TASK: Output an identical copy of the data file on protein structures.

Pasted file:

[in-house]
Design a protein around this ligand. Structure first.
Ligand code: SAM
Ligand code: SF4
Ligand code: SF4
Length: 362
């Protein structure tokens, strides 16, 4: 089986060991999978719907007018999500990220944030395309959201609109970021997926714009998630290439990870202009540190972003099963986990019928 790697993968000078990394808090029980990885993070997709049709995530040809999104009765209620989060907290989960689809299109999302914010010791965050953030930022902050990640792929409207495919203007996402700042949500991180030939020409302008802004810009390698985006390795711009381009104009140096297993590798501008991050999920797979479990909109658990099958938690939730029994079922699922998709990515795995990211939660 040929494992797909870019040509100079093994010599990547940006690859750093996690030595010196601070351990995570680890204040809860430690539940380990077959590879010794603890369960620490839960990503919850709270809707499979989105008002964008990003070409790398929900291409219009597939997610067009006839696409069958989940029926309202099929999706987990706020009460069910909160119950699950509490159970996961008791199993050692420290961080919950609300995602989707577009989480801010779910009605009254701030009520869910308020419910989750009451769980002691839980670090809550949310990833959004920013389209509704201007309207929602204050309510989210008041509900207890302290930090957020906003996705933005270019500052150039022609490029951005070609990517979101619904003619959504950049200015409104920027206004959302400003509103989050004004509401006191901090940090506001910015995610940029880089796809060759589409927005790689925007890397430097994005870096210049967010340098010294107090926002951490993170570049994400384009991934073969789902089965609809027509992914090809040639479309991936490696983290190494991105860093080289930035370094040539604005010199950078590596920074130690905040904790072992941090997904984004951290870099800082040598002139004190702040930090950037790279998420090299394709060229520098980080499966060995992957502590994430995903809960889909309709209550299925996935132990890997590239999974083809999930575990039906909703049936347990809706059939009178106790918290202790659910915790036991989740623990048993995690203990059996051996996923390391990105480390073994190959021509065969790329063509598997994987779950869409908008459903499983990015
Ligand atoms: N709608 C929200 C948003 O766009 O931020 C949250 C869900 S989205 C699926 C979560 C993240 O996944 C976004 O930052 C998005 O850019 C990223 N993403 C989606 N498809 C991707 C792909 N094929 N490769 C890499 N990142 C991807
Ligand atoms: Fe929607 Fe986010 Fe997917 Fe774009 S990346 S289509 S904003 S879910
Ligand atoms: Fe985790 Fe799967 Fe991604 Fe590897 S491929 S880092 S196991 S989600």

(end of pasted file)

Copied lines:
[in-house]
Design a protein around this ligand. Structure first.
Ligand code: SAM
Ligand code: SF4
Ligand code: SF4
Length: 362
């Protein structure tokens, strides 16, 4: 089986060991999978719907007018999500990220944030395309959201609109970021997926714009998630290439990870202009540190972003099963986990019928 790697993968000078990394808090029980990885993070997709049709995530040809999104009765209620989060907290989960689809299109999302914010010791965050953030930022902050990640792929409207495919203007996402700042949500991180030939020409302008802004810009390698985006390795711009381009104009140096297993590798501008991050999920797979479990909109658990099958938690939730029994079922699922998709990515795995990211939660 040929494992797909870019040509100079093994010599990547940006690859750093996690030595010196601070351990995570680890204040809860430690539940380990077959590879010794603890369960620490839960990503919850709270809707499979989105008002964008990003070409790398929900291409219009597939997610067009006839696409069958989940029926309202099929999706987990706020009460069910909160119950699950509490159970996961008791199993050692420290961080919950609300995602989707577009989480801010779910009605009254701030009520869910308020419910989750009451769980002691839980670090809550949310990833959004920013389209509704201007309207929602204050309510989210008041509900207890302290930090957020906003996705933005270019500052150039022609490029951005070609990517979101619904003619959504950049200015409104920027206004959302400003509103989050004004509401006191901090940090506001910015995610940029880089796809060759589409927005790689925007890397430097994005870096210049967010340098010294107090926002951490993170570049994400384009991934073969789902089965609809027509992914090809040639479309991936490696983290190494991105860093080289930035370094040539604005010199950078590596920074130690905040904790072992941090997904984004951290870099800082040598002139004190702040930090950037790279998420090299394709060229520098980080499966060995992957502590994430995903809960889909309709209550299925996935132990890997590239999974083809999930575990039906909703049936347990809706059939009178106790918290202790659910915790036991989740623990048993995690203990059996051996996923390391990105480390073994190959021509065969790329063509598997994987779950869409908008459903499983990015
Ligand atoms: N709608 C929200 C948003 O766009 O931020 C949250 C869900 S989205 C699926 C979560 C993240 O996944 C976004 O930052 C998005 O850019 C990223 N993403 C989606 N498809 C991707 C792909 N094929 N490769 C890499 N990142 C991807
Ligand atoms: Fe929607 Fe986010 Fe997917 Fe774009 S990346 S289509 S904003 S879910
Ligand atoms: Fe985790 Fe799967 Fe991604 Fe590897 S491929 S880092 S196991 S989600």